Hepatitis A Virus Test
How It Is Done
The health professional taking a sample
of your blood will:
- Wrap an elastic band around your upper arm to
stop the flow of blood. This makes the veins below the band larger so it is
easier to put a needle into the vein.
- Clean the needle site with
- Put the needle into the vein. More than one needle stick
may be needed.
- Attach a tube to the needle to fill it with
- Remove the band from your arm when enough blood is
- Put a gauze pad or cotton ball over the needle site as
the needle is removed.
- Put pressure on the site and then put on a
How It Feels
The blood sample is taken from a vein in
your arm. An elastic band is wrapped around your upper arm. It may feel tight.
You may feel nothing at all from the needle, or you may feel a quick sting or
There is very little chance of a problem from
having blood sample taken from a vein.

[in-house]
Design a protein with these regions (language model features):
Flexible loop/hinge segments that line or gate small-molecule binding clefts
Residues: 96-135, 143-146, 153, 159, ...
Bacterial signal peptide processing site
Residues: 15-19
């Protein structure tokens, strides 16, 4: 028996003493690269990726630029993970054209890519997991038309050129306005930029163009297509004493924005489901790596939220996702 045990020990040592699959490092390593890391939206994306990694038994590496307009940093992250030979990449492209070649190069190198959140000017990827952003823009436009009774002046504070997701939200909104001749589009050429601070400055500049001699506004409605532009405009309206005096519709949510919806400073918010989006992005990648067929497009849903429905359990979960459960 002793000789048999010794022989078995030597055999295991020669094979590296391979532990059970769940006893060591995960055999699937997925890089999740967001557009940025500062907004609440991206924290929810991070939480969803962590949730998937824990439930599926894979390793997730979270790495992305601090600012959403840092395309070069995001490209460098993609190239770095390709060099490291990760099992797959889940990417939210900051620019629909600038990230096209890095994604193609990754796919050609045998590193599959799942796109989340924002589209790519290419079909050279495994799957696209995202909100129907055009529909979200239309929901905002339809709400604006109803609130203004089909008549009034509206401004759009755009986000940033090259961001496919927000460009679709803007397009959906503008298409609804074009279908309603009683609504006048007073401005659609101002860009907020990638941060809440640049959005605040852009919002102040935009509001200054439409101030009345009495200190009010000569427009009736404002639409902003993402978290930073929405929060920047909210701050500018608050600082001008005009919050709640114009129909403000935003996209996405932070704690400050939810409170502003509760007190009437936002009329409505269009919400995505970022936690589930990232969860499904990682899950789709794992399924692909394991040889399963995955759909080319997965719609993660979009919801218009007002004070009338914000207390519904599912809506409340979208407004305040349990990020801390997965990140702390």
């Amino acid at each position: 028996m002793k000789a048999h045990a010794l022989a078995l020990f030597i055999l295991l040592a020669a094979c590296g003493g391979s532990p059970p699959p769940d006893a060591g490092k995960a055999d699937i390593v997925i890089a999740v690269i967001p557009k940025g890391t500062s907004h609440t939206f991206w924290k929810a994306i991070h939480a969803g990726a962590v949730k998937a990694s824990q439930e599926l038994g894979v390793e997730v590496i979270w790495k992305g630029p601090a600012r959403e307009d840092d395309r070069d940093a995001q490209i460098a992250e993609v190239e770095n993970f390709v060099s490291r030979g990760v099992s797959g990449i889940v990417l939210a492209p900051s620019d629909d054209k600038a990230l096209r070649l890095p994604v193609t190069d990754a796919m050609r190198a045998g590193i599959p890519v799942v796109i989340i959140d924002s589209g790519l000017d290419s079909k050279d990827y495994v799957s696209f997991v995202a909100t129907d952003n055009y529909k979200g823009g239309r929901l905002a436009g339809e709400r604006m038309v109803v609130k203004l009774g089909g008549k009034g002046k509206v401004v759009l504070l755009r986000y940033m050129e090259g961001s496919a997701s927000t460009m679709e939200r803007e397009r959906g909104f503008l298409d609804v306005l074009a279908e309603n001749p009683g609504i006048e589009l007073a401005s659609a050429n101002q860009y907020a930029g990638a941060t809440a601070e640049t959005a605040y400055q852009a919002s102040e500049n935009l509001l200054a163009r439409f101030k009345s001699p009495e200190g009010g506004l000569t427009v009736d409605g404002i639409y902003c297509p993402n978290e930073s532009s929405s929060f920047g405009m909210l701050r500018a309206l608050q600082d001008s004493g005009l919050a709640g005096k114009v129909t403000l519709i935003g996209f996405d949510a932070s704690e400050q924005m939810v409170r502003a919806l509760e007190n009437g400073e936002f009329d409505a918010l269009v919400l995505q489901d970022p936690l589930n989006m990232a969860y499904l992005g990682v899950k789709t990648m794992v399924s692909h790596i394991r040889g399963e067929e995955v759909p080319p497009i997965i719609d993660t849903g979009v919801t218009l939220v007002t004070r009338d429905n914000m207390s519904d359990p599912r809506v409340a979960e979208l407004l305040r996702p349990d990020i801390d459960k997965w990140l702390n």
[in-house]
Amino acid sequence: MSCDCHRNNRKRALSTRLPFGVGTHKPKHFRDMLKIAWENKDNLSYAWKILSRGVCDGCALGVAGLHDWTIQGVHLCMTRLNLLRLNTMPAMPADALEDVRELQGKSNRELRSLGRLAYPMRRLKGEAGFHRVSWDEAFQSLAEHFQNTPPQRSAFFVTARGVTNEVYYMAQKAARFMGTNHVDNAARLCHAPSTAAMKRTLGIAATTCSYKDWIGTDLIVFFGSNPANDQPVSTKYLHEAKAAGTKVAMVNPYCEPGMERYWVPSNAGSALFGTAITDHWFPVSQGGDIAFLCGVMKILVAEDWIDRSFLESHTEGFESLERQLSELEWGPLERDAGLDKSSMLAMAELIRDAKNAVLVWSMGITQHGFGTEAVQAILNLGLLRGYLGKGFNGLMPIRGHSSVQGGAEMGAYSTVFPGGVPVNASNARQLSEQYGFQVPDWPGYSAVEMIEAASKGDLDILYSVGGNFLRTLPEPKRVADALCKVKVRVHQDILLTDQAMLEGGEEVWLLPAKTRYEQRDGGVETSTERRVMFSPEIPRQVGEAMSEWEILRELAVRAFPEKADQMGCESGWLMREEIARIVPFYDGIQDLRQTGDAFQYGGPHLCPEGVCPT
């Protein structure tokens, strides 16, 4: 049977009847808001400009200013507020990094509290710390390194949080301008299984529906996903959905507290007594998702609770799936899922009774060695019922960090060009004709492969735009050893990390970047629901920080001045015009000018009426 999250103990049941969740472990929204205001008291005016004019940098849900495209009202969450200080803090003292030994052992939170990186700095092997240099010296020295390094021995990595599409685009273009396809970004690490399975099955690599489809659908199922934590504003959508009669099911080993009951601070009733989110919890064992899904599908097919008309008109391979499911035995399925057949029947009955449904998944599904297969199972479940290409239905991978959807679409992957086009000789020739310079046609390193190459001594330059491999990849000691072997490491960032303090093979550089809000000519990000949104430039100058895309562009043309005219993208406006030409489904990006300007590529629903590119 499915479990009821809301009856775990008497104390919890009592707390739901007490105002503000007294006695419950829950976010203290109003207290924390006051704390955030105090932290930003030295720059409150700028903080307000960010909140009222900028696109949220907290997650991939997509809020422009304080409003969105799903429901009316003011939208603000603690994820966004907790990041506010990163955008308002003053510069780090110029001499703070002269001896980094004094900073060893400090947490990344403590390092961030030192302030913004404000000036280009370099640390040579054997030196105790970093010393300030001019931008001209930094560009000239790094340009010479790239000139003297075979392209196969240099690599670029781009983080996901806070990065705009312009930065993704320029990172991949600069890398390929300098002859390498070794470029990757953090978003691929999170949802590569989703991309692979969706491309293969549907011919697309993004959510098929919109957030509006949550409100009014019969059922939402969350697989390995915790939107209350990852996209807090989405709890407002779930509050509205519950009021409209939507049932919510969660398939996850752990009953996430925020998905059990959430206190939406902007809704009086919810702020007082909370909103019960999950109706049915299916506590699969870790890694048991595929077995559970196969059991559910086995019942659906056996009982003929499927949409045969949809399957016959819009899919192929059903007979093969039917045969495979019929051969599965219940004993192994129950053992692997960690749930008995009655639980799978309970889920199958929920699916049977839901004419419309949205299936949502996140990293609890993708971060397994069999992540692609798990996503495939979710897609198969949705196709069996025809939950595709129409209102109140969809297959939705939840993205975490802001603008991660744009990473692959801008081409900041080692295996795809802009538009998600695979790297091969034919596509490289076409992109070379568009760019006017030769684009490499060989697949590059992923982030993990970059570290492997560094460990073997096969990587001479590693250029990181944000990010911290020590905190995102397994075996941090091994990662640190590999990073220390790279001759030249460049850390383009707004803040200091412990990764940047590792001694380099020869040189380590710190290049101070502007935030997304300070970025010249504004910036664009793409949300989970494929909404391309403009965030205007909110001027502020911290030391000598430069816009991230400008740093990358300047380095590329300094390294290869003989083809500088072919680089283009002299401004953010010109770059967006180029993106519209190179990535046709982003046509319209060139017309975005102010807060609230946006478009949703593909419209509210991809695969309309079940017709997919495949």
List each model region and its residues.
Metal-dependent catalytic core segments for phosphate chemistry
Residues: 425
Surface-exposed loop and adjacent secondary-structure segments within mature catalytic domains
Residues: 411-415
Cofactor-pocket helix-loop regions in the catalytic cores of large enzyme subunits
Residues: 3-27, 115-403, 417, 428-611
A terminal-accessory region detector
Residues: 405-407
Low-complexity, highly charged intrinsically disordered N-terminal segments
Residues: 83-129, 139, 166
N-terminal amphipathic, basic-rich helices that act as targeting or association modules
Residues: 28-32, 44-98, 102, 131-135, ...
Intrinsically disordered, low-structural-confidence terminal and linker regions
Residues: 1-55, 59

- You may get a small bruise at the site. You
can lower the chance of bruising by keeping pressure on the site for several
- In rare cases, the vein may become swollen after the
blood sample is taken. This problem is called phlebitis. A warm compress can be
used several times a day to treat this.
- Ongoing bleeding can be a
problem for people with bleeding disorders. Aspirin, warfarin (such as Coumadin), and
other blood-thinning medicines can make bleeding more likely. If you have
bleeding or clotting problems, or if you take blood-thinning medicine, tell
your doctor before your blood sample is taken.
virus (HAV) test is a blood test that looks for proteins (antibodies) made by the body in response to the virus
that causes hepatitis A.
Negative results of hepatitis virus
testing mean that no antibodies against the hepatitis virus were found.
Positive results mean that hepatitis A antibodies were found. Results are
usually available in 5 to 7 days.
Hepatitis A test
No hepatitis A virus (HAV) antibodies are
Hepatitis A virus (HAV) antibodies are found.
You may need more tests to find out if you have a present, active infection or
a past, resolved infection.
antibodies are found if you have an active or a recent infection. IgM antibodies usually
show up in the blood as early as 2 weeks after you become infected with HAV,
when symptoms of hepatitis A are present, and last for a few months after
symptoms have gone away.
- Only IgG anti-HAV
antibodies are found if you have had an infection in the past or when you have
had the hepatitis A vaccine. This means that you are protected against the